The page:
I think the idea of getting a brand-name institutional VC in to make you feel good should not be a priority for entrepreneurs and the ecosystem gets confused. They think getting money means they have a great business or a great product, and it just doesn't.
BI: There are so many different ways Qwiki can go with reviews, social media profiles and information clips. How will you make sure the content produced is good and Qwiki doesn't spread itself too thin?
BI: Is Qwiki going to be the company you build and stay with forever? Where do you see the company years down the road?
DI: Like falling in love and getting married, it's really hard to find the right thing to commit yourself to for the rest of your life. I think, in my case, I got lucky and found it.
This clearly is a once in a lifetime opportunity. It's so special, -- it's an opportunity but it's also a burden. Getting artists and scientists who respect each other in the same room and working on a product that the world finds so compelling is not an opportunity that comes around that often.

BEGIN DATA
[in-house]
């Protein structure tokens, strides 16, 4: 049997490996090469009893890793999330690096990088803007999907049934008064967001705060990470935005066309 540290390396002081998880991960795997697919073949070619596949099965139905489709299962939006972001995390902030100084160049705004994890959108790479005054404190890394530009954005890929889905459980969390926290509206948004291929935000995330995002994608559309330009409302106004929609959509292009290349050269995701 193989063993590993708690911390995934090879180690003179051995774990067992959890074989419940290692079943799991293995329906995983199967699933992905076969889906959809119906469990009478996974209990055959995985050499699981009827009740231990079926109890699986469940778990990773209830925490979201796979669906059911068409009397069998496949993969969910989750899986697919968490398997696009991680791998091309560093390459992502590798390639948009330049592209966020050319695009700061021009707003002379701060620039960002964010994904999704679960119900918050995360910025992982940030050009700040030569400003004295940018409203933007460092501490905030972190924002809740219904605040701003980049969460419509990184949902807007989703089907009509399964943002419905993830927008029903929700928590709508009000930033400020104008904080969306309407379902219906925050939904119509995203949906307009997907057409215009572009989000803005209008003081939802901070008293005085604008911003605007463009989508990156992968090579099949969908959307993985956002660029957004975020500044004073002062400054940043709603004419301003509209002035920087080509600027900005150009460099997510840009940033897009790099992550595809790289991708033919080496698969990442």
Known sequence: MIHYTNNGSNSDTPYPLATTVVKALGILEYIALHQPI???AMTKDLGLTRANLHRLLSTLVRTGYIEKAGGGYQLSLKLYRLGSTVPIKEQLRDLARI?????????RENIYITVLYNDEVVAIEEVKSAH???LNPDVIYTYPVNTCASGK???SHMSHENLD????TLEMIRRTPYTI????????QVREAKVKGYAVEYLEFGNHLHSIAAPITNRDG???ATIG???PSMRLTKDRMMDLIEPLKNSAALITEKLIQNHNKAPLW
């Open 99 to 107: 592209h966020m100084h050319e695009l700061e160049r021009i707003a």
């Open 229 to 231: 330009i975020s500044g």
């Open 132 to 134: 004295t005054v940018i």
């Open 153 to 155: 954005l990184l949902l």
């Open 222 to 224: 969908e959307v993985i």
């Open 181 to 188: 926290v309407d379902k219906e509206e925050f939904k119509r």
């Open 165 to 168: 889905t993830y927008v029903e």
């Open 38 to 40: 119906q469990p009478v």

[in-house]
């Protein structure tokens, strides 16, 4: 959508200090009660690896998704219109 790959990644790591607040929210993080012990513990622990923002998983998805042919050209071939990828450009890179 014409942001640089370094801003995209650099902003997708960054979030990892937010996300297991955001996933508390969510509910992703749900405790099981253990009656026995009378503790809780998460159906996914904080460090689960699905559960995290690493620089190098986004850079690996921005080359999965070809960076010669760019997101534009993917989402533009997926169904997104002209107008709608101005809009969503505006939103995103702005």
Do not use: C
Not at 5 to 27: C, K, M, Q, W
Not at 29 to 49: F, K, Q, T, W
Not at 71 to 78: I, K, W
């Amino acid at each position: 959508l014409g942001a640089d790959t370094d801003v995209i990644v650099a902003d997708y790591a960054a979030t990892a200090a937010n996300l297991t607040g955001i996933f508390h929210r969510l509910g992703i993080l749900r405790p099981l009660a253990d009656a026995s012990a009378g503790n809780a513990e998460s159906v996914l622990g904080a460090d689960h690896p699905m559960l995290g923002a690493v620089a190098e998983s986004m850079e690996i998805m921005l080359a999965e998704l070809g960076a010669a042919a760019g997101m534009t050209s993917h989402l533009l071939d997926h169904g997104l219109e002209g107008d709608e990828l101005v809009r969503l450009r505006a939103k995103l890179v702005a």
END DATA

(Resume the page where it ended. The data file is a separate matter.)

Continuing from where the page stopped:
We do think about this company 10, 20, 30, 40,50 years out. Personally, if I'm not running this company on my 50th birthday, I've made some mistakes along the way. I hope to be here for a long time.
It's important to realise Qwiki is a transformational platform. I also want people to know how much they can help by participating in the development of a product that they really want to see.
We really believe in bottom-up product development, which is why we were excited to get an early version of our first product out. We really want to develop this product alongside consumers worldwide and not dictate its features.